Written Q&A to EU Commission – Food frauds countermeasures

Question for written answer
to the Commission
Diane Dodds (NI)

25th September 2014

Subject:  Securing a safe and transparent food chain

The UK recently announced the establishment of a body tasked with combating crime within the food chain, the Food Crime Unit. This is very clearly a development resulting from the horse meat scandal.

Within this context, can the Commission provide an update as to what steps have been taken in recent months to secure a safe and transparent food chain on a European level?

Answer given by Mr Borg on behalf of the Commission – 31st October 2014

The Commission confirms that continuous efforts are being deployed to implement and develop the initiatives mentioned in its answer to Written Question E ‐004498/2014.

Members of the network of national contact points for food fraud are increasingly engaged in cooperation and mutual assistance on cross-border cases. The network meets on a regular basis, showing to be also a useful forum for sharing experience.

Work is progressing on the setting up of a dedicated IT tool to serve the network above. This tool is going to support the data exchange between the Member States and with the Commission for the purpose of strengthening administrative assistance and cooperation.

To strengthen the capability of the control systems to detect food fraud ten modules of training on e-commerce and on investigation techniques are being offered in 2014-2015 under the Better Training for Safer Food programme.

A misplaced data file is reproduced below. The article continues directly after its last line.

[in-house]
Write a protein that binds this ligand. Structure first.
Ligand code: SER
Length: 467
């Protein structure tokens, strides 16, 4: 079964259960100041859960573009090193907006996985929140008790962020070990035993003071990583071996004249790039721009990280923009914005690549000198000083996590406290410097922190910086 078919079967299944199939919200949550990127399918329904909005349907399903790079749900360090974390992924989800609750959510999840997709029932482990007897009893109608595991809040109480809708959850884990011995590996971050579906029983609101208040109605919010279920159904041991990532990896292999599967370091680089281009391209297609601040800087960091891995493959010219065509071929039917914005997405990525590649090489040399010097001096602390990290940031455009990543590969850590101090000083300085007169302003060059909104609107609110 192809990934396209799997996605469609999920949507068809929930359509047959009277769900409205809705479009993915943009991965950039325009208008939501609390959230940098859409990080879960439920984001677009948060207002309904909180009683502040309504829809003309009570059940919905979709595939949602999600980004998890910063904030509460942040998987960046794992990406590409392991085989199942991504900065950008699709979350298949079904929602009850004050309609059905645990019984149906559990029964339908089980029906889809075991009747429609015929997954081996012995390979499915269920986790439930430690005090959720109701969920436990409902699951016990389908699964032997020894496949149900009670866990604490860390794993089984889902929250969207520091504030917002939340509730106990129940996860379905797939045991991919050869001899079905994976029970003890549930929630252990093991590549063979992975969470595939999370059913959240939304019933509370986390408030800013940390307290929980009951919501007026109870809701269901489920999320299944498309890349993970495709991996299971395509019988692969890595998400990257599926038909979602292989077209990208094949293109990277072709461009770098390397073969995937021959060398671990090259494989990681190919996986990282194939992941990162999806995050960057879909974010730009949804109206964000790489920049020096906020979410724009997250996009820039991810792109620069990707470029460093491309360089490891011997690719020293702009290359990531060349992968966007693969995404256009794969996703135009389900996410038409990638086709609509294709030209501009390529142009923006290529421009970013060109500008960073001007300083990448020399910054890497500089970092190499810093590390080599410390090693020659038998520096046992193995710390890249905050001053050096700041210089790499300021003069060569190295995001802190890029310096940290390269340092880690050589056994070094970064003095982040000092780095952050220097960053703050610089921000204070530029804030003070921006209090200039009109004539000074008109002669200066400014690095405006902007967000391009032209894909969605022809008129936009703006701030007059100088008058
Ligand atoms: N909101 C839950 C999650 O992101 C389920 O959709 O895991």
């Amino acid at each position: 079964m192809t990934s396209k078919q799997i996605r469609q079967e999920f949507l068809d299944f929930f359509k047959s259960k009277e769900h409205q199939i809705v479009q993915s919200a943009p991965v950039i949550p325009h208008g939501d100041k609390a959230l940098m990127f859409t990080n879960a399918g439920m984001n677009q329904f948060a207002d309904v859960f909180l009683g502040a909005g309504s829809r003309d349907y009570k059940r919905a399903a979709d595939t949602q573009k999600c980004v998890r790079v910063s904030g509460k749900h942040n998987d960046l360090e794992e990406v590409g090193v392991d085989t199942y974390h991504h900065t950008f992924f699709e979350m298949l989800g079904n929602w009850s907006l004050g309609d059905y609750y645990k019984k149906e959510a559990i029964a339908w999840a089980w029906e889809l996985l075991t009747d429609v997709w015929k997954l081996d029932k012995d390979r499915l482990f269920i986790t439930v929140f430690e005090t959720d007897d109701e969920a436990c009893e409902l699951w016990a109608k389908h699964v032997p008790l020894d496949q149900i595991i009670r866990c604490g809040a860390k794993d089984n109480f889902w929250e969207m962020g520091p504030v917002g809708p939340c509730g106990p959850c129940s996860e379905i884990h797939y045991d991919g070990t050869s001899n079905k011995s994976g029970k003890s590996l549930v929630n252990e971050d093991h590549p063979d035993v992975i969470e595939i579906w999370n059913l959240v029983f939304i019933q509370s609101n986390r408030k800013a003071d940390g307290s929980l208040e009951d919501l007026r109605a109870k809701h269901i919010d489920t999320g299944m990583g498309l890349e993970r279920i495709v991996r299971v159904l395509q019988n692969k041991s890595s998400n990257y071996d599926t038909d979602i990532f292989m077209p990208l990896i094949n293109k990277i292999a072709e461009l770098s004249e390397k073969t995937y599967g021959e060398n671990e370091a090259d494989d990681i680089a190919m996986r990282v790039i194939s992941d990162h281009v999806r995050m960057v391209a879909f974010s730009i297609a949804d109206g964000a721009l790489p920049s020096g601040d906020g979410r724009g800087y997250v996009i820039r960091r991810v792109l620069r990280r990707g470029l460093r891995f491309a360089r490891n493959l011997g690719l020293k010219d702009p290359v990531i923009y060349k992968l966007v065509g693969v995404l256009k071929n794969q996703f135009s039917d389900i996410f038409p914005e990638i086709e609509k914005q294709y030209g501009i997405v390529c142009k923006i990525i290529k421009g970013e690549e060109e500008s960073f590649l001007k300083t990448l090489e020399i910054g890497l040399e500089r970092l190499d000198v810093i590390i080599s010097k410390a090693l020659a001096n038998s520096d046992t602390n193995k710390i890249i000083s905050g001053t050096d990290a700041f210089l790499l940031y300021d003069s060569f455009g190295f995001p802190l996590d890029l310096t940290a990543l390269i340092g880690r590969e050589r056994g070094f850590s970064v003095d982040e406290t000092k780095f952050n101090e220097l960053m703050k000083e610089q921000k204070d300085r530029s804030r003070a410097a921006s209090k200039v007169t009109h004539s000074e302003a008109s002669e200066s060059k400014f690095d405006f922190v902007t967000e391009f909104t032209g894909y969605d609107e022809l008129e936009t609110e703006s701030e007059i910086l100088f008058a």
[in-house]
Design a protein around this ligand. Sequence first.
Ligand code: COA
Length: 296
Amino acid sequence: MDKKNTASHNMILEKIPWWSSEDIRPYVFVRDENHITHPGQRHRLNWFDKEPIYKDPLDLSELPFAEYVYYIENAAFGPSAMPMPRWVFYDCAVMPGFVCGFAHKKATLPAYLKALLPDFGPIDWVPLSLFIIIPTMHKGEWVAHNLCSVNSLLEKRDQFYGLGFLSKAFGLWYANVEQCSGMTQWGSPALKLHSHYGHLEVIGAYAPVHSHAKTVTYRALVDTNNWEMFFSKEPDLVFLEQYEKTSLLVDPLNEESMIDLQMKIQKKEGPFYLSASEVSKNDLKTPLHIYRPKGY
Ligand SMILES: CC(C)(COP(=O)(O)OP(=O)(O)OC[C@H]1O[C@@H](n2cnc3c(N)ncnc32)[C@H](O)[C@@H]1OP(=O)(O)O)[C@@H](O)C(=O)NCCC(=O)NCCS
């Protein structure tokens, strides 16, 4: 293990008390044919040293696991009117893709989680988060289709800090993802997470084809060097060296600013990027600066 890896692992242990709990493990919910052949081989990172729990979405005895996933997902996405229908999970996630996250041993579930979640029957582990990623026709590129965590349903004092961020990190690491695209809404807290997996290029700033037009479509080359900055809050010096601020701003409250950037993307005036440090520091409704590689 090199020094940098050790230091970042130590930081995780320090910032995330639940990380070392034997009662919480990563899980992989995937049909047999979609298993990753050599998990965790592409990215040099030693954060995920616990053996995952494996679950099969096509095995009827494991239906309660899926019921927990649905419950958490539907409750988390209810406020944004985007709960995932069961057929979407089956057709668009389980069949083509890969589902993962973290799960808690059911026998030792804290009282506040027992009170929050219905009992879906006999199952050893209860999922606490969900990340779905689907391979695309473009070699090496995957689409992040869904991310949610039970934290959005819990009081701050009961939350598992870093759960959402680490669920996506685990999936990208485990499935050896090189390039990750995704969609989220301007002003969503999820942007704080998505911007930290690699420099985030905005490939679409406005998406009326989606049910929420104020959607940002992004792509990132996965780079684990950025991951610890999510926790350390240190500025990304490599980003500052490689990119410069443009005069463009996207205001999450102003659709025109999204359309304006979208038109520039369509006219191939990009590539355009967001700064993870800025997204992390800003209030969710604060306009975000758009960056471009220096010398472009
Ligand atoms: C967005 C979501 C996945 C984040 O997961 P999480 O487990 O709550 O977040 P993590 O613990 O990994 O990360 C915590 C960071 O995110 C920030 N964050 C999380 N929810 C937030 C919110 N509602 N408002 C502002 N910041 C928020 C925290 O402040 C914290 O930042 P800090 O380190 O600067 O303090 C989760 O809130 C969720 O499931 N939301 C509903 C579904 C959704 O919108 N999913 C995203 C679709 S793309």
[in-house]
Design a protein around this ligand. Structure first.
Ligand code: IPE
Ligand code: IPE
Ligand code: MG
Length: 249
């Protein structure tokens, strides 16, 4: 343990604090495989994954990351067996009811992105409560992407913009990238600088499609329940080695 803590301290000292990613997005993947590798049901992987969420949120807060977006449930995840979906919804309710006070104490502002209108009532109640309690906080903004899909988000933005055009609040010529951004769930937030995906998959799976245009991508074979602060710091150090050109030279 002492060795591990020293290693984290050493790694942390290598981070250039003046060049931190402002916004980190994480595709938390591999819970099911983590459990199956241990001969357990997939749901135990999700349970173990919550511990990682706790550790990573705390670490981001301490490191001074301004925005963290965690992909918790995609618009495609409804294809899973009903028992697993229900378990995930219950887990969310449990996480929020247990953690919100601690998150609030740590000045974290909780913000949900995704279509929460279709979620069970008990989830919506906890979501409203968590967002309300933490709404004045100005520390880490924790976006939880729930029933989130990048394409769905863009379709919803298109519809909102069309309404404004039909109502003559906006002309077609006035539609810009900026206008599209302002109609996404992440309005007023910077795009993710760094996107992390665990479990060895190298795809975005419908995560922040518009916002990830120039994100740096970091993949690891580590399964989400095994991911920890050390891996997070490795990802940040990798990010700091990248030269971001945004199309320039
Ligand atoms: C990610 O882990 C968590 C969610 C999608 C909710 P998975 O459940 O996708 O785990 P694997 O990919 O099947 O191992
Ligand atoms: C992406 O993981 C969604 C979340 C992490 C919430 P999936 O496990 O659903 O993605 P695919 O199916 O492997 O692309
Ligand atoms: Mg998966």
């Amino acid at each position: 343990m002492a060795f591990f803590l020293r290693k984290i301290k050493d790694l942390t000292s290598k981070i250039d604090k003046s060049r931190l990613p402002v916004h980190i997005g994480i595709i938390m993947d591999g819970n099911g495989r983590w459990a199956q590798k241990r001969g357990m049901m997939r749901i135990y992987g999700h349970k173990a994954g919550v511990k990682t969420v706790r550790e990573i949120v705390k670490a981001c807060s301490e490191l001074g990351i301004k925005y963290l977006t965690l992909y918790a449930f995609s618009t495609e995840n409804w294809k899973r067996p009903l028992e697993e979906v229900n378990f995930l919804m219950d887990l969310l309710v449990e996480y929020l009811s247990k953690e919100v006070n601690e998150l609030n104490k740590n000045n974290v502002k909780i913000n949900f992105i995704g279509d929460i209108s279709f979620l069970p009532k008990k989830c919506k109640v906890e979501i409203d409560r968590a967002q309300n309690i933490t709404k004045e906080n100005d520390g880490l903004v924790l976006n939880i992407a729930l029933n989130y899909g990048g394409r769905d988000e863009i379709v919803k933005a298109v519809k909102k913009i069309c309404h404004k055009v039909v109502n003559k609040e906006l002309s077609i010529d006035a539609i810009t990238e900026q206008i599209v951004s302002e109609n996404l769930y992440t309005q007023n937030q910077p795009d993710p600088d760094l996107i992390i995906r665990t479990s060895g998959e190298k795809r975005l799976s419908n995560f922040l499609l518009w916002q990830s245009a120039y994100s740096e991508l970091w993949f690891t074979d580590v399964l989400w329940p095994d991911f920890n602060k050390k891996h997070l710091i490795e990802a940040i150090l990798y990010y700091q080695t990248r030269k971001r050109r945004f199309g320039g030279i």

A Conference on ‘Food fraud: a joint effort to ensure the safety and integrity of our food’ organised jointly by the Italian Presidency and the European Commission was held in Rome on 23-24 October 2014. It gathered organisations and bodies active at national and EU levels on the different aspects of the fight against food fraud.

Discussions are also ongoing with Member States on the possibility to develop further coordinated control plans in accordance with Article 53 of Regulation (EC) No 882/2004

(Source: European Parliament website)

Elliot review published today!

Professor Chris Elliott’s final report into the integrity and assurance of UK food supply networks has been published today. You can download the report at the following link.

The review was prompted by growing concerns about the systems used to deter, identify and prosecute food adulteration. The horse meat crisis of 2013 was a trigger, as were concerns about the increasing potential for food fraud and ‘food crime’. Food fraud becomes food crime when it no longer involves random acts by ‘rogues’ within the food industry but becomes an organised activity by groups which knowingly set out to deceive, and or injure, those purchasing food. These incidents can have a huge negative impact both on consumer confidence, and on the reputation and finances of food businesses.

The Department for Environment, Food and Rural Affairs published also the document Government response to the “Elliott review of the integrity and assurance of food supply networks”.

Enjoy the reading and stay tuned for comments about the documents.